- Living somewhere safe and affordable
- Being free from violence
- Affording the basics
- A healthy and resilient community
- Supporting children and families
- Getting a world class education
- Finding a good job
- Strong community services
- Fair laws and equal justice
- Aboriginal Treaty and self-determination
- People with disability and older Victorians
- Responding to a changing climate
Disasters, like the 2019-20 ‘black summer’ bushfires, hit low-income and marginalised people and communities hardest. The warming climate is making heatwaves longer and hotter and the risk of climate related emergencies higher. For low-income Victorians, this means higher cooling costs and vulnerability to health complications.
Communities and organisations are already preparing for the coming bushfire season in a major test of the state’s resilience.
Energy efficiency upgrades and rooftop solar installations initiatives in the Budget will go a long way to making homes healthier and cutting power bills, in a massive win for Victorian households. There will be thousands of low-income Victorians and social housing tenants with access to an efficient air conditioner for the first time, while renters will soon be protected by new minimum standards for insulation and hot water systems. Emissions will also continue to fall with a big expansion of renewable energy projects across the state.
Communities devastated by the bushfires will be assisted by significant funding for Bushfire Recovery Victoria to continue its support, including increased financial counselling, and legal and family violence services. Access to mental health services will also be improved across bushfire-affected areas, including trauma support in schools and kindergartens.
There could have been greater resourcing of the community sector’s role in emergency management, however, to better support households most at risk.
Cheaper, cleaner energy
$205.6m in 2020-21 ($681.9m/4 yrs) to develop new clean energy projects and reduce power bills for households. The funding will create six new renewable energy zones across regional Victoria, build the 300 megawatt Victorian Big Battery, and design a second Victorian Renewable Energy Target auction.
Energy efficiency upgrades for homes
$163.7m in 2020-21 ($447.7m/4 yrs) to make homes more energy efficient and drive down power bills. 250,000 low-income households will receive $1,000 to replace an old heater with an efficient reverse-cycle air conditioner, and 35,000 social housing properties will be upgraded.
Funding Bushfire Recovery Victoria
$146.7m in 2021-21 ($236.0m/4 yrs) for Bushfire Recovery Victoria to support bushfire-affected communities through initiatives including increased financial counselling, and legal and family violence services.
More solar panels and batteries in homes
$71.1m in 2020-21 ($152.2m/4 yrs) for solar panel rebates for 42,000 additional homes, as well as 17,500 solar battery rebates with no more postcode restrictions.
Transitioning to clean energy
$15.8m in 2020-21 ($49.6m/4 yrs) for a suite of clean energy programs including minimum efficiency standards in rental properties, establishing community power hubs and delivering renewable energy projects in Melbourne and regional Victoria.
Mental health support for bushfire-affected communities
$14.9m in 2020-21 to provide on-the-ground mental health support for communities impacted by the bushfires, promote Aboriginal social and emotional wellbeing, and increase community inclusion and support.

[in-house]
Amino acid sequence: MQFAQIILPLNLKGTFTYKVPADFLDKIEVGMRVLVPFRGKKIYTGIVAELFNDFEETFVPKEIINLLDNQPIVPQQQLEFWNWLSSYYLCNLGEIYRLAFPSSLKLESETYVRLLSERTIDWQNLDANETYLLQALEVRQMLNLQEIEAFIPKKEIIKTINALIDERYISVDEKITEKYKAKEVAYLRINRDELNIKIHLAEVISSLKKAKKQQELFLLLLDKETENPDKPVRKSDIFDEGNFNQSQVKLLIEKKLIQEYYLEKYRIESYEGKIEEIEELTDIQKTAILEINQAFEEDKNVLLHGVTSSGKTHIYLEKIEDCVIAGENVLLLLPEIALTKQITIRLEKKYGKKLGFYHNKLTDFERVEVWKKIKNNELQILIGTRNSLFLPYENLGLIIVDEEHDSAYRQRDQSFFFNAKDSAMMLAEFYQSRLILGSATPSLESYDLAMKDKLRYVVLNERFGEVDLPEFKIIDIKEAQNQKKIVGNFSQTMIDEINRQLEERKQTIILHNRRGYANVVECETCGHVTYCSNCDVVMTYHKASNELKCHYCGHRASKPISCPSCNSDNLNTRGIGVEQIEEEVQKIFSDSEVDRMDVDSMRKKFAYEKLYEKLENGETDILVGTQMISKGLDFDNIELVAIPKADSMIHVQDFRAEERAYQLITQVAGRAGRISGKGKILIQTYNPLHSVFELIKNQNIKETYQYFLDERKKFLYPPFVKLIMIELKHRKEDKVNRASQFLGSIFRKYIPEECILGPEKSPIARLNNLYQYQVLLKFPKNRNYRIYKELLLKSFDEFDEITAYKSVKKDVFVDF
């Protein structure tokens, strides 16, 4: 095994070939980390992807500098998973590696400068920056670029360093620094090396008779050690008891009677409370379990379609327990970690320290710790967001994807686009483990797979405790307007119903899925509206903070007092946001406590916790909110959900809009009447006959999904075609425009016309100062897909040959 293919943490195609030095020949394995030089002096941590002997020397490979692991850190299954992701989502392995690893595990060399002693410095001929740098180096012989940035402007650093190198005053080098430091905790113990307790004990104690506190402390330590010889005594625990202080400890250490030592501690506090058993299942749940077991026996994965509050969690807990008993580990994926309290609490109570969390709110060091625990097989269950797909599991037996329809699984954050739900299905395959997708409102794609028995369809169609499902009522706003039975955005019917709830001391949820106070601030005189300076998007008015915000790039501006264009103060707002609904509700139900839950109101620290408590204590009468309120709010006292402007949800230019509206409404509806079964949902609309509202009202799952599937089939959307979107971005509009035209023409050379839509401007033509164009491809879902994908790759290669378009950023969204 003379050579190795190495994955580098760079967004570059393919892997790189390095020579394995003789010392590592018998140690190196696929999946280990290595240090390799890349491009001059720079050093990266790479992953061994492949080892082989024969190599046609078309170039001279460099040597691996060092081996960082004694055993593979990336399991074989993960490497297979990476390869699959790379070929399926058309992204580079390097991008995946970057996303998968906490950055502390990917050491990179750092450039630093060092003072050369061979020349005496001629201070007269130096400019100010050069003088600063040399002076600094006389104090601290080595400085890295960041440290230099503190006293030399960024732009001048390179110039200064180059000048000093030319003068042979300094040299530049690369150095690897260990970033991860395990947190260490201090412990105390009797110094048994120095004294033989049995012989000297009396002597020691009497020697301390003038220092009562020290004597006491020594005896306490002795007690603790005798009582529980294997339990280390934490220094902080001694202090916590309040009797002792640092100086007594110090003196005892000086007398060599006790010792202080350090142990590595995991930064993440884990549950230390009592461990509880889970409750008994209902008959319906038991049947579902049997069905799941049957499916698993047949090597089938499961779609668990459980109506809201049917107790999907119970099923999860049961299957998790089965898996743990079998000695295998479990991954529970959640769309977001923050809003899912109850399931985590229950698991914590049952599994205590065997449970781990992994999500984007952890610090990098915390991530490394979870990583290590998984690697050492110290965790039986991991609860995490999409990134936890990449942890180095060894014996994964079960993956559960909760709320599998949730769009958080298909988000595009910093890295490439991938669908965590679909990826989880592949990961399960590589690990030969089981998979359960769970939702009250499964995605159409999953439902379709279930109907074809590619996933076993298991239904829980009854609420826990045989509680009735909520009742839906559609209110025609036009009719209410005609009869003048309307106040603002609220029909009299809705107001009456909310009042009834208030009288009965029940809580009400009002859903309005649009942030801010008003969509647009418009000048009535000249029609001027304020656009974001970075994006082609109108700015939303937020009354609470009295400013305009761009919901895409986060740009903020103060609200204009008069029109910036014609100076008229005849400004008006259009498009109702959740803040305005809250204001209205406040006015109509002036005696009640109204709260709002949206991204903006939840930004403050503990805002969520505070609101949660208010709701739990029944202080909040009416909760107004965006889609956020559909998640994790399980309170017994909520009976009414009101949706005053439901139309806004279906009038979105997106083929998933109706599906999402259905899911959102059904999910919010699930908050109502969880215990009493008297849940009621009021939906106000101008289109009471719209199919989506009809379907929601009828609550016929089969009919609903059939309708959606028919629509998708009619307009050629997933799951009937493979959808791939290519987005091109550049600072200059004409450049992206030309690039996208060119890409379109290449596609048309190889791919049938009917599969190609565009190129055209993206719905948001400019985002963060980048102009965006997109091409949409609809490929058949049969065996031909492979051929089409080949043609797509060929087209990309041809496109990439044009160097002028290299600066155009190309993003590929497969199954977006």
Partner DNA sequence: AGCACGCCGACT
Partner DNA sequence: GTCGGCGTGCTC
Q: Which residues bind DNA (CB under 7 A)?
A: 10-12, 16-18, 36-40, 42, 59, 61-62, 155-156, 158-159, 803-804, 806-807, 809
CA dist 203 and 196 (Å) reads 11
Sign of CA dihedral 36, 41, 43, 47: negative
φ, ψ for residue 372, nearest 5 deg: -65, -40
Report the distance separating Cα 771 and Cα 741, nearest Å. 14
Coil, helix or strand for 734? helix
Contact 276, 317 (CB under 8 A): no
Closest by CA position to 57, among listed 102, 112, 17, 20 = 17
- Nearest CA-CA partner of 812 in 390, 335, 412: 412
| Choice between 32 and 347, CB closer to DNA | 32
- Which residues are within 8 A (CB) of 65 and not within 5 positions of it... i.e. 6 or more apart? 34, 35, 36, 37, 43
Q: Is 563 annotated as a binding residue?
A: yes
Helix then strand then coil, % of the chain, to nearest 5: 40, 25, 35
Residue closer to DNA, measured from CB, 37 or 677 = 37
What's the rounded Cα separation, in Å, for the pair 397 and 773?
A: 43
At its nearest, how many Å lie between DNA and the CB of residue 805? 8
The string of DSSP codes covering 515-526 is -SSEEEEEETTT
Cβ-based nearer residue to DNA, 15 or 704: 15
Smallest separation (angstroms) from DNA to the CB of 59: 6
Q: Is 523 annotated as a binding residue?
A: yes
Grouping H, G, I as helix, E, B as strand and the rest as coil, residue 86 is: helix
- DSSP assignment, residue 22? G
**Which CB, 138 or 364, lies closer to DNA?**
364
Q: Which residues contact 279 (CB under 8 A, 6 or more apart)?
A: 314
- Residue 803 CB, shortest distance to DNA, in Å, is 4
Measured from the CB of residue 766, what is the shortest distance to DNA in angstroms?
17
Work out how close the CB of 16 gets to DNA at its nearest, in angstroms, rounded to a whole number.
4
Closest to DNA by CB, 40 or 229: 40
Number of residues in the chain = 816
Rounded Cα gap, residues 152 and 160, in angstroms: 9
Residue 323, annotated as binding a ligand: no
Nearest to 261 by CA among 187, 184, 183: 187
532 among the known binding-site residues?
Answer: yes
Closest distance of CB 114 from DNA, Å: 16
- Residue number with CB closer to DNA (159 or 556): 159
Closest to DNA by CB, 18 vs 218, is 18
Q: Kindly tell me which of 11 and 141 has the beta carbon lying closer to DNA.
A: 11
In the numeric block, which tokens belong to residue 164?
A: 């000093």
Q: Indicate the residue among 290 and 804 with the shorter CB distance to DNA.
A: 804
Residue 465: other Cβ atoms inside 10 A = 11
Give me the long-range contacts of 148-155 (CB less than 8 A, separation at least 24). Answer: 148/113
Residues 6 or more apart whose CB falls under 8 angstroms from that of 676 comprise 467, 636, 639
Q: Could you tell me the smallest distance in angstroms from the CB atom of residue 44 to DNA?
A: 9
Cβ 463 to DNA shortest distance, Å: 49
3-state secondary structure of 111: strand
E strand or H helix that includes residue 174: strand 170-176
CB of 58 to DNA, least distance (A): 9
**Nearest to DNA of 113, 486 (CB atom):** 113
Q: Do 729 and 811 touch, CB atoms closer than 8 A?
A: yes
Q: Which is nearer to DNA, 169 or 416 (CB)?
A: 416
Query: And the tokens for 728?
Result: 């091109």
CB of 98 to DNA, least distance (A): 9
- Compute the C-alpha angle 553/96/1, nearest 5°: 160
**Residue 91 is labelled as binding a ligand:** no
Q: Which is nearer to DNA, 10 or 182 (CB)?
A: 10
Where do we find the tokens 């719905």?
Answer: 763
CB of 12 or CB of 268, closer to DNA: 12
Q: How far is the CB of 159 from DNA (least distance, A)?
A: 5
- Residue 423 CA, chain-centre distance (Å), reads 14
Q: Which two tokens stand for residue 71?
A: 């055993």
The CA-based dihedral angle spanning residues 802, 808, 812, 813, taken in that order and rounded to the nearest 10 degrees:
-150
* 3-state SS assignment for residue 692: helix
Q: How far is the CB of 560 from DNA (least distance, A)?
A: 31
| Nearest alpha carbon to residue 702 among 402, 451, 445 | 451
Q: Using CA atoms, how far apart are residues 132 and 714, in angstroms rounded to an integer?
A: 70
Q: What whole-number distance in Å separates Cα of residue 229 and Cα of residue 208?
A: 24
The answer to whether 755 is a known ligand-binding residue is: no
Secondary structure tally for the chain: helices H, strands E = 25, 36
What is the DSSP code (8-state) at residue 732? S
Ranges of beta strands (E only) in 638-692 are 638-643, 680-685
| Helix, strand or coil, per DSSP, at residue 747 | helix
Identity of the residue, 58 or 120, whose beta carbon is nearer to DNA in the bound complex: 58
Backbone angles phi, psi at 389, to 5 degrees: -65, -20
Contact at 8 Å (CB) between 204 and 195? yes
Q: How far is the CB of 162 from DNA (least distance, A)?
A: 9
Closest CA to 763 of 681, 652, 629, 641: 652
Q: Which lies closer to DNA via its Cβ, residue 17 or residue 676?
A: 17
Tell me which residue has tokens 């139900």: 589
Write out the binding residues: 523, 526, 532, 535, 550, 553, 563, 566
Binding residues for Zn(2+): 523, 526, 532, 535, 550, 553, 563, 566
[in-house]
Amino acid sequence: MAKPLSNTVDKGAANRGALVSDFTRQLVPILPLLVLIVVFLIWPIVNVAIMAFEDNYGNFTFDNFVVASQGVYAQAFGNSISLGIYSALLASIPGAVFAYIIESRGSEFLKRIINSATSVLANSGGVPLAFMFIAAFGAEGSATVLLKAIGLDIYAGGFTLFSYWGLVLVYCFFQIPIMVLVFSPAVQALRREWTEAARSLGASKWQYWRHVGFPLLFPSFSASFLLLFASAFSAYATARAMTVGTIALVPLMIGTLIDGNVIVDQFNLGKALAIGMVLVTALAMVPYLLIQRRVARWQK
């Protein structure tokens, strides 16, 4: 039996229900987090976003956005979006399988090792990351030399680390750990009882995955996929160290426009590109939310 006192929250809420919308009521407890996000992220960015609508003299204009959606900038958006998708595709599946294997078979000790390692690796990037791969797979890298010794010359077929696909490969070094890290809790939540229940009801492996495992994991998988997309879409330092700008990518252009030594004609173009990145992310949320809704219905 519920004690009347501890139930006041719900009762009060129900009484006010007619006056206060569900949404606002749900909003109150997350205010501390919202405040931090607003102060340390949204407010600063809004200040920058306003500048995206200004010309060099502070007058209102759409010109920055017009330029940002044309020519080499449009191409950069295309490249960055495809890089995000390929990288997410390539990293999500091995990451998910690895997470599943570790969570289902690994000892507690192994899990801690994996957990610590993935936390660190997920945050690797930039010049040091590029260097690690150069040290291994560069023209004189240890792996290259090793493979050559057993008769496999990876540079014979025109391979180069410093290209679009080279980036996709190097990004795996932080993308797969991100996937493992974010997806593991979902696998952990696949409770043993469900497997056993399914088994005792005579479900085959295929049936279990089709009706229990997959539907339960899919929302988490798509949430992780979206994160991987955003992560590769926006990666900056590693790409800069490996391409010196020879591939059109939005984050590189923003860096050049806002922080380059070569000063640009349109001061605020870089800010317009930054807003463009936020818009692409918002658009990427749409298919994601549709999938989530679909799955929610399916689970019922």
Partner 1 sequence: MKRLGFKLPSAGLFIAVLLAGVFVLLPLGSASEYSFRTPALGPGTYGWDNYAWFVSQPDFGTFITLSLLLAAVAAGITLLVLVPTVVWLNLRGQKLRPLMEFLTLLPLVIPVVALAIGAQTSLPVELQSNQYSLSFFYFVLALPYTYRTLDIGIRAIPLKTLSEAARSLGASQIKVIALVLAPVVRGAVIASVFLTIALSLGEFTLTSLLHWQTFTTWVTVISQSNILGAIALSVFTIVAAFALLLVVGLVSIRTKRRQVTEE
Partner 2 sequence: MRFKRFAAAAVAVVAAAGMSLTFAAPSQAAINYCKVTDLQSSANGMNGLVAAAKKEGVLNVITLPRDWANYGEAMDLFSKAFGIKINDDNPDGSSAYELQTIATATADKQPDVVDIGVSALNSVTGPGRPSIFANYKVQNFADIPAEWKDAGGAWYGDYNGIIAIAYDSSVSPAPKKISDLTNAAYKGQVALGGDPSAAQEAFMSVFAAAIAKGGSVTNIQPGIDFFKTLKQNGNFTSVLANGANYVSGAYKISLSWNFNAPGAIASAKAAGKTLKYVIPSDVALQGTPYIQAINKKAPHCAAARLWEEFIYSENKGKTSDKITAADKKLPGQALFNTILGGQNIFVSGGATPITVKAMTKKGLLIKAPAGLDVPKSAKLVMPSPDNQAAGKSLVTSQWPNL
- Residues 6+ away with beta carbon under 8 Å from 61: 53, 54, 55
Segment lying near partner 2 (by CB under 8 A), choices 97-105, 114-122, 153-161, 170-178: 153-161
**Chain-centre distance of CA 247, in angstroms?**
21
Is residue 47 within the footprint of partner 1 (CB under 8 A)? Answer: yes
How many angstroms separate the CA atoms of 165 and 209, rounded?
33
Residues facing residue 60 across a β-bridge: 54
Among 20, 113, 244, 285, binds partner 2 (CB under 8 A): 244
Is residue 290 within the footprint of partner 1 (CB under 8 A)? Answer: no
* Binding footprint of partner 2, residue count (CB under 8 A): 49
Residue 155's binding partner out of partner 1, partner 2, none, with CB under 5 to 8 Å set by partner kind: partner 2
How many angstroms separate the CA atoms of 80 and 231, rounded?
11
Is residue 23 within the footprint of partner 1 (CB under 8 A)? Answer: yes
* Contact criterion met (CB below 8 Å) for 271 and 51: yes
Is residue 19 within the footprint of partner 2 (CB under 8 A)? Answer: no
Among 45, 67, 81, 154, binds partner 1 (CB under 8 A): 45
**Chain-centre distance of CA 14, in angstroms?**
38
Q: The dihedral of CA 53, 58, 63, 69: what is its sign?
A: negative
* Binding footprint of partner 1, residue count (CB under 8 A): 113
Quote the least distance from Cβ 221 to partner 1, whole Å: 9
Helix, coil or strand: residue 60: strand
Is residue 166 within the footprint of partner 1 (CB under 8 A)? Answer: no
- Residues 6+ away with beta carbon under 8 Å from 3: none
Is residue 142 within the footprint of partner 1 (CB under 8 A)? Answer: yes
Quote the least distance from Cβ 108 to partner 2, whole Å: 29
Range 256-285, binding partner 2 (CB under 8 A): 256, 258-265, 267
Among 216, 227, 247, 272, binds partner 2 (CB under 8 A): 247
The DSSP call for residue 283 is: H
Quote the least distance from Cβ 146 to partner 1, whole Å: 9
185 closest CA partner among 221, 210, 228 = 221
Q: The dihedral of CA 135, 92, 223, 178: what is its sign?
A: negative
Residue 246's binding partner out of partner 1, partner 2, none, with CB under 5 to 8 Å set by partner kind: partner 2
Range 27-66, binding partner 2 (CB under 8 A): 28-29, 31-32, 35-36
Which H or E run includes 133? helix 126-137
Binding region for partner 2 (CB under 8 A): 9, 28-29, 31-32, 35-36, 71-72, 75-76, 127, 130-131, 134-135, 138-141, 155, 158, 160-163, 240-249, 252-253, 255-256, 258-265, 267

Training workers for the clean economy
$7.2m in 2020-21 ($74.8m/4 yrs) for rapid retraining of workers into high-priority industries. We understand about $10m of this package will upskill workers for emerging jobs in renewable energy and establish a Clean Economy Skills and Jobs Taskforce and Workforce Development Strategy.
Supporting schools through bushfire recovery
$3.9m in 2020-21 ($7.9m/3 yrs) to assist students, families and schools in bushfire-affected areas. The funding will subsidise the cost of kindergarten, hire additional psychologists and social workers in schools, and establish a trauma recovery team to provide expert advice in schools and kindergartens.
Not so positive initiatives
Distance-based charge for zero– and low–emissions vehicles
Electric and other zero-emission vehicles will be charged 2.5c/km, while 2c/km will apply for hybrid-electric vehicles. The average driver is expected to pay between $260 and $300 a year after the tax is introduced in July 2021. Net revenue raised over the forward estimates will be used to accelerate the take-up of electric vehicles, including through new charging infrastructure.
Further policy directions
Some households miss out on the Solar Homes program, including residents of apartment buildings and public housing tenants. Funding to investigate alternatives like solar farms could assist Victorians living in apartments, while solar panels could be rolled out to public housing properties to reduce energy costs for a low-income cohort.
As seen in the 2019-20 bushfires and throughout the COVID-19 pandemic, community organisations have knowledge and skills that are vital during disasters, crucial in their aftermath, and essential to building community resilience, particularly for people and communities who are vulnerable or face disadvantage. The role community service organisations play in disasters and emergencies in preparation, response and recovery must be acknowledged, resourced and supported.
Electric vehicles are better for the environment than petrol cars and much cheaper to run, but they were already unaffordable for low-income Victorians. The new road usage charge risks putting them even further out of reach. A better approach would be funding no-interest loans and financial concessions for low-income households to purchase zero-emission vehicles, similar to plans by the ACT Government.